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What are effective discipline strategies to use with a child who is going through the “”terrible 2’s?”

There is truth to the popular belief that toddlers of 2-3 years old are the most difficult to deal with. This is so because during this phase, toddlers are exercising and consolidating their newly acquired motor and language skills.  They tend to speak or babble a lot and also run about the space at home.  Such behavior helps them discover the three-dimensionality of space and learn to master maneuvering through it.  The incessant verbal output prepares them for social interaction that awaits them in subsequent stages of development.  But the most dreaded part of ‘terrible 2s’ for parents is the tantrums thrown by toddlers.  This is due to the beginnings of the process of decentralization whereby the ego-centric perception is slowly lost.  The tantrums are partly a reaction to this ‘loss’. To compensate for this feeling of insecurity, toddlers resort to tantrums which bring them parental attention and . . . Read More

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The dramatic differences found by Piaget in the development of preschoolers and elementary-age children

A child undergoes rapid physiological and cognitive developments in the first few years.  Preschoolers or toddlers slowly shed their ‘ego-centric’ view.  This means that a newborn baby does not have the capacity to think of and for others.  This ability to understand that there are others in the world is slowly gained during the years 0-3.  After a year and half the toddler begins to verbally express its likes and dislikes.  This is an important cognitive milestone, for the language ability has significant ramifications for psychosocial and later academic performance.  The preschool stage is when most of the gross and fine motor ability is acquired and exercised.  So the graduation from moving limbs to crawling to walking signify the baby’s growing capacity for self-expression in physical space.  During the elementary school age, the child understands that the world is comprised of people like itself with similar motivations and needs.  During this stage crucial . . . Read More

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The Death of Ivan Ilyich by Leo Tolstoy: An analysis

One of the later works of Leo Tolstoy, the novella is preoccupied with the meaning of death, and by extension the meaning of life.  The main character, Ivan Ilyich, is a sort of a symbol for common man in the industrial age.   Outwardly, he has all the trappings of a successful life, but there is a persistent feeling of hollowness and ennui.  As Tolstoy writes, his life had been “the most simple, the most ordinary and therefore most terrible”.  This sentiment is all too common in the capitalist age, the rise which Tolstoy witnessed firsthand.

It is basic human individual psychology to ward off the idea of their own death although everyone understands death in the abstract.  The Death of Ivan Ilyich is not so much a work about death in the abstract, but death as a personal confrontation.  It is ironic to note that even as he is terminally ill, Ivan cannot come round to grasp his own extinction.  To the contrary he still believes that death is something that happens . . . Read More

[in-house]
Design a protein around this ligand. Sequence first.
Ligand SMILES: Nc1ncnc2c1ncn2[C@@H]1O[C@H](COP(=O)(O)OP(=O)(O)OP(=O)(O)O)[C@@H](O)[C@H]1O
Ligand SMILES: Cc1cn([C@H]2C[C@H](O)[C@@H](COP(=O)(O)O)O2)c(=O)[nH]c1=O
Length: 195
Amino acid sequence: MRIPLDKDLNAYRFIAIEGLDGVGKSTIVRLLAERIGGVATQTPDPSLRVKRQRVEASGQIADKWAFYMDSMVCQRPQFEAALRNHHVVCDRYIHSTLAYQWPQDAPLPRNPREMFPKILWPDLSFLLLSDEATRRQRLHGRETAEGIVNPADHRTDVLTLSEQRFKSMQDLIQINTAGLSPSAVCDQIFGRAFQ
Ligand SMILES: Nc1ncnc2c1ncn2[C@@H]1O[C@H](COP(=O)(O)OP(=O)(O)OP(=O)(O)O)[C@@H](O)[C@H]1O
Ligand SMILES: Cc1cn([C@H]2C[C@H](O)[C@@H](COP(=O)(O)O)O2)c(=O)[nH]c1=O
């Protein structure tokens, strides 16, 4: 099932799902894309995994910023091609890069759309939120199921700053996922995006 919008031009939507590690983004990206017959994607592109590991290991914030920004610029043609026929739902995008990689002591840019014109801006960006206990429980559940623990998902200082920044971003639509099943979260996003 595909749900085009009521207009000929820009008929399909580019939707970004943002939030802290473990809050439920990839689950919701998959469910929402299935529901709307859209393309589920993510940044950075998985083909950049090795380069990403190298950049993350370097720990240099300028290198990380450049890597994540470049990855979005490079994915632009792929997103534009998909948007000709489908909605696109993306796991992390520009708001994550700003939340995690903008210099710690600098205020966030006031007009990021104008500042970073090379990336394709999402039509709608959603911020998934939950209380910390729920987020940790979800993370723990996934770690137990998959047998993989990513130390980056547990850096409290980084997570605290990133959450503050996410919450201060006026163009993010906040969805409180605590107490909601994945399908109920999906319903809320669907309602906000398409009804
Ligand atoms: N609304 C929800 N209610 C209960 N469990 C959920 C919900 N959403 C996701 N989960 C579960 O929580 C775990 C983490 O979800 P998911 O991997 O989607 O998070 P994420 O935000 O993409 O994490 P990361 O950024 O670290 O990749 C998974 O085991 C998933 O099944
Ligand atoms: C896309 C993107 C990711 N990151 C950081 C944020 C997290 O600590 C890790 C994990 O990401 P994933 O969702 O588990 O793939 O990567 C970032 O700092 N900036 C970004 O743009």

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How the Brain Learns?

It is now a standard theory that students’ prior understanding of a subject matter plays the pivotal role in furthering their understanding.  The easiest demonstration of this theory at work is the design of school curricula from primary education through high school and college.  Basic concepts are introduced at earlier levels, which are further built upon in higher levels of education.  Likewise, the effectiveness of students’ learning also depends on the personal interests and motivations they bring to the table.  The learning experience is most meaningful for the student when it comes out of personal interests and motivations.  Otherwise, it tends to be academic or abstract, negatively affecting learning outcomes. (Hardiman, 2001, p.53)

Researchers have identified biological and cognitive predispositions of students as key factors in learning.  For example, the capacity and functioning of working memory and the sensory registers are key determinants in . . . Read More

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A Study of Aristotelian tragedy in Oedipus

The great Greek myth of Oedipus continues to be integral to the Western literary canon even today.  Starting from 5th century B.C., various ancient writers of the Hellenistic era made references to Oedipus in their works.  The best known version of the Oedipus myth comes from Sophocles’ trilogy of Theban plays: Oedipus the King, Oedipus at Colonus, and Antigone. Reading the biography of Oedipus through Aristotle’s conception of tragedy makes for an interesting scholarly exercise.  One of Aristotle’s most influential works concerning literary theory is his Poetics.  In it he articulates with eloquence and clarity various facets of good theatre.  Tragedy is acknowledged as a powerful genre of drama.  Aristotle goes on to set out various rules of thumb for making aesthetically and emotionally satisfying tragedies.   His concise definition of tragedy is that it is “an imitation of an action that is serious … with incidents arousing pity and fear, in . . . Read More